Ways to Improve Sleep Quality, and not just Quanity

Posted by Darian Dozier on Sep 28, 2022 9:46:00 AM

Ways to Improve Sleep Quality

When you are working on getting more sleep, it's important to think about sleep quality as well as sleep quantity. We overwhelmingly emphasize the importance of getting a certain number of hours of sleep, which is always a great goal. However, if you are tossing and turning during these hours, or lying awake, then you are not getting the intended benefit from them.

Therefore, as you make a goal to get into bed at a certain time and wake 7-8 hours later, it's important to also make sure that you are getting good quality of sleep as well. Here are some tips to think about as you are trying to get quality rest. 

Address medical issues 

Underlying medical issues can be both a cause and complication of sleep deprivation. It's important to try and manage medical issues, and if sleep turns out to be the main driver of the development of these issues, then it's important to try and optimize your sleep with the tips below.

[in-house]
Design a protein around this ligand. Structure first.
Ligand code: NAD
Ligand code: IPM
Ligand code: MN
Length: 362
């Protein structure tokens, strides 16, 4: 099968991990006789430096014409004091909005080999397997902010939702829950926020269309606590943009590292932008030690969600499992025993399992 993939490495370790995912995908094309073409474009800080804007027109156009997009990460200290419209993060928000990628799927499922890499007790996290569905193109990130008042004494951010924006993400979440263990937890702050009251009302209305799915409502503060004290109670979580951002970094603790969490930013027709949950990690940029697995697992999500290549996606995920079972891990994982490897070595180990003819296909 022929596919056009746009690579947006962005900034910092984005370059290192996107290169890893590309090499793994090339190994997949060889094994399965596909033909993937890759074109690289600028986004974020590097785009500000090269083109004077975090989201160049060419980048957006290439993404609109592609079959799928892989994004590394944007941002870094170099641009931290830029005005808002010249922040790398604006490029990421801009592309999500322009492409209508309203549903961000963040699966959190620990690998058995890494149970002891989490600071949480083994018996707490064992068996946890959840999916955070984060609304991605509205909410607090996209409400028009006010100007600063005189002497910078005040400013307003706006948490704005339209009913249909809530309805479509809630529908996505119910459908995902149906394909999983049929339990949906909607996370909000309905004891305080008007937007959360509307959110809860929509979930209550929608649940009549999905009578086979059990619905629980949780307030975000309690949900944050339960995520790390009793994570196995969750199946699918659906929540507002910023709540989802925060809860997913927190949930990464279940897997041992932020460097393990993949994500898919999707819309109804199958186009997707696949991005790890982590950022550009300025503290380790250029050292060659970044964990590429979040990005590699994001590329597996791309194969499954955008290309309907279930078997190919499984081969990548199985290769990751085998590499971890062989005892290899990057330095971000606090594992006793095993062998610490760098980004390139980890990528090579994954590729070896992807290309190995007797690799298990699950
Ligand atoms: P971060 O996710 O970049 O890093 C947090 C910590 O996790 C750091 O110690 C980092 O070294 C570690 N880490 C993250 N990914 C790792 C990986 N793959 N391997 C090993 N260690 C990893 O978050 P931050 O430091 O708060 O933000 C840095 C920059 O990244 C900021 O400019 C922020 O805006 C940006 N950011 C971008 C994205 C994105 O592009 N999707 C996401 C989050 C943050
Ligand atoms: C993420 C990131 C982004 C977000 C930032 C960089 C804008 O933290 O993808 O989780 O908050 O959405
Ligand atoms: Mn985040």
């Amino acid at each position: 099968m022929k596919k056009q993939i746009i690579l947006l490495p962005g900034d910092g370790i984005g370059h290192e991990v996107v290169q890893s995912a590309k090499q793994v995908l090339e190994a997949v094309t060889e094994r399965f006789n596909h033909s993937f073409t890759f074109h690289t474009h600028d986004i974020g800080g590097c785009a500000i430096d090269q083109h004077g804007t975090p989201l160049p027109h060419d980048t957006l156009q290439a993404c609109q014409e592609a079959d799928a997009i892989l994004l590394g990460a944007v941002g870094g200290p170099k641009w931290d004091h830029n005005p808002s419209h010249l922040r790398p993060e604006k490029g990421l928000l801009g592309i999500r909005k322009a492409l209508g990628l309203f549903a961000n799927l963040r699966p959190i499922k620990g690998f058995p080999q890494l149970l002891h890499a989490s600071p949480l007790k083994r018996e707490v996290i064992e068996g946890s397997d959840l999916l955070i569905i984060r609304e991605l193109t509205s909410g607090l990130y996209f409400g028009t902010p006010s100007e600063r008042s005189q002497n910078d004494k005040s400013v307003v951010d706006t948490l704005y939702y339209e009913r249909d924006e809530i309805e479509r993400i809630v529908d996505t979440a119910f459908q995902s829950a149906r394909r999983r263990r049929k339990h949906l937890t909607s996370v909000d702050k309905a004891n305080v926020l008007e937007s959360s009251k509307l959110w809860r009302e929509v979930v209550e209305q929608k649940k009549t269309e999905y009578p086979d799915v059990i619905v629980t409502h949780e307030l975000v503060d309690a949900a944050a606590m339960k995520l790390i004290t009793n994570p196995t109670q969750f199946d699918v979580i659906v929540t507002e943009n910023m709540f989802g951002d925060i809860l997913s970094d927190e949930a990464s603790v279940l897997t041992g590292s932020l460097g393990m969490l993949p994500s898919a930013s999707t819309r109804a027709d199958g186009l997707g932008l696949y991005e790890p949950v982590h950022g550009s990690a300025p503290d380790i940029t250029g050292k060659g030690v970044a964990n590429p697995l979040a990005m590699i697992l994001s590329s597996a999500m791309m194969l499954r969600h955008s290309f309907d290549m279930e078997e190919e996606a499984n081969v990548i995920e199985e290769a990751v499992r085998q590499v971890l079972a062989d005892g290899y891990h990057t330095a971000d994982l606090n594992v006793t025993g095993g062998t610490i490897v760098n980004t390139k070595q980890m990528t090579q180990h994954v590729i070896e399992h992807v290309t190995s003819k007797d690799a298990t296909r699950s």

High blood pressure, diabetes, cardiovascular disease, and diabetes are all underlying medical issues that can exacerbate sleep issues, and be exacerbated by sleep disorders. Having proper glycemic control, blood pressure, and maintaining optimal heart health can help to reduce the risk of disrupted sleep do to breathing difficulties, frequent urination, nightmares, heart palpitations, etc. 

Another underly medical issues that needs to be addressed is sleep apnea, whether yours or your partners. The snoring and temporary cessations in breathing can be troublesome and nerve wrecking for everyone. If you or your partner struggle with sleep apnea, the snoring can be diagnosed and treated with a polysomnography and breathing device such as a CPAP or BiPAP. 

Managing daily stress and anxiety 

If underlying medical issues aren't the cause for your sleep disorders, daily stress and anxiety can be a problem stopping you from getting adequate sleep. Stress and anxiety can overflow into the nighttime, especially issues at work, school, home, and in life. Without proper management, then these anxieties and stressors may keep you tossing and turning with weird and disruptive dreams and thoughts throughout the night.